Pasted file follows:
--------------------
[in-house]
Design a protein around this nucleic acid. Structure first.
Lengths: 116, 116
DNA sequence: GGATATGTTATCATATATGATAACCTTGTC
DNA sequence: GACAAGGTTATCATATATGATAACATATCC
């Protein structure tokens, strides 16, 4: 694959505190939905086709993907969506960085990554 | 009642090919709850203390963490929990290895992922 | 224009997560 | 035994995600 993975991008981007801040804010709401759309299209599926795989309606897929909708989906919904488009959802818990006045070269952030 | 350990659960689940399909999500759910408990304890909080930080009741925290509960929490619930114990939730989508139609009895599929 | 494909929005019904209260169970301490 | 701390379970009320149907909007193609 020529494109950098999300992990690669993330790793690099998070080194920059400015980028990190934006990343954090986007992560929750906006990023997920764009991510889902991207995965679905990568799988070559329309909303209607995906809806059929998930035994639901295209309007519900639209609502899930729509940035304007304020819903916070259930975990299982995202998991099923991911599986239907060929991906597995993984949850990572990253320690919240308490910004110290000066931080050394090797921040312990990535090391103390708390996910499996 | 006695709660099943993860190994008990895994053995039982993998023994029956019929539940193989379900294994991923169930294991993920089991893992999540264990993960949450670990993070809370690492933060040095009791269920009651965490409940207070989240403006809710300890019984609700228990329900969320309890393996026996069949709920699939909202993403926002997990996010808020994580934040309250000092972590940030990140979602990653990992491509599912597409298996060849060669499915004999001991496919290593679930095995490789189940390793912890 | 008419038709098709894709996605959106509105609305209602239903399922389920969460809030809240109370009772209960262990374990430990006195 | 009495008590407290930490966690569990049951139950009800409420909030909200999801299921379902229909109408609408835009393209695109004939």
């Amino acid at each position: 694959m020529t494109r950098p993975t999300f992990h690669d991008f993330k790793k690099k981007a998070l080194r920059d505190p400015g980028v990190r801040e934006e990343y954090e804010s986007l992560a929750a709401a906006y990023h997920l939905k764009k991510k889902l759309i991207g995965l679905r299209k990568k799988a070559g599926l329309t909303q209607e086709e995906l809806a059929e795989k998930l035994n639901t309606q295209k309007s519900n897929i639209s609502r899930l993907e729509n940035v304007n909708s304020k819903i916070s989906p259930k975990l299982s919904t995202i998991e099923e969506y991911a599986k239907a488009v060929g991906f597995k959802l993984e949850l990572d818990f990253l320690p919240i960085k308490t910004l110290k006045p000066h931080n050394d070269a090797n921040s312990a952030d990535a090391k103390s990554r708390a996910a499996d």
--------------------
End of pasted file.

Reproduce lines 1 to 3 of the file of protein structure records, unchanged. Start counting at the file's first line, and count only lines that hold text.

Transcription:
[in-house]
Design a protein around this nucleic acid. Structure first.
Lengths: 116, 116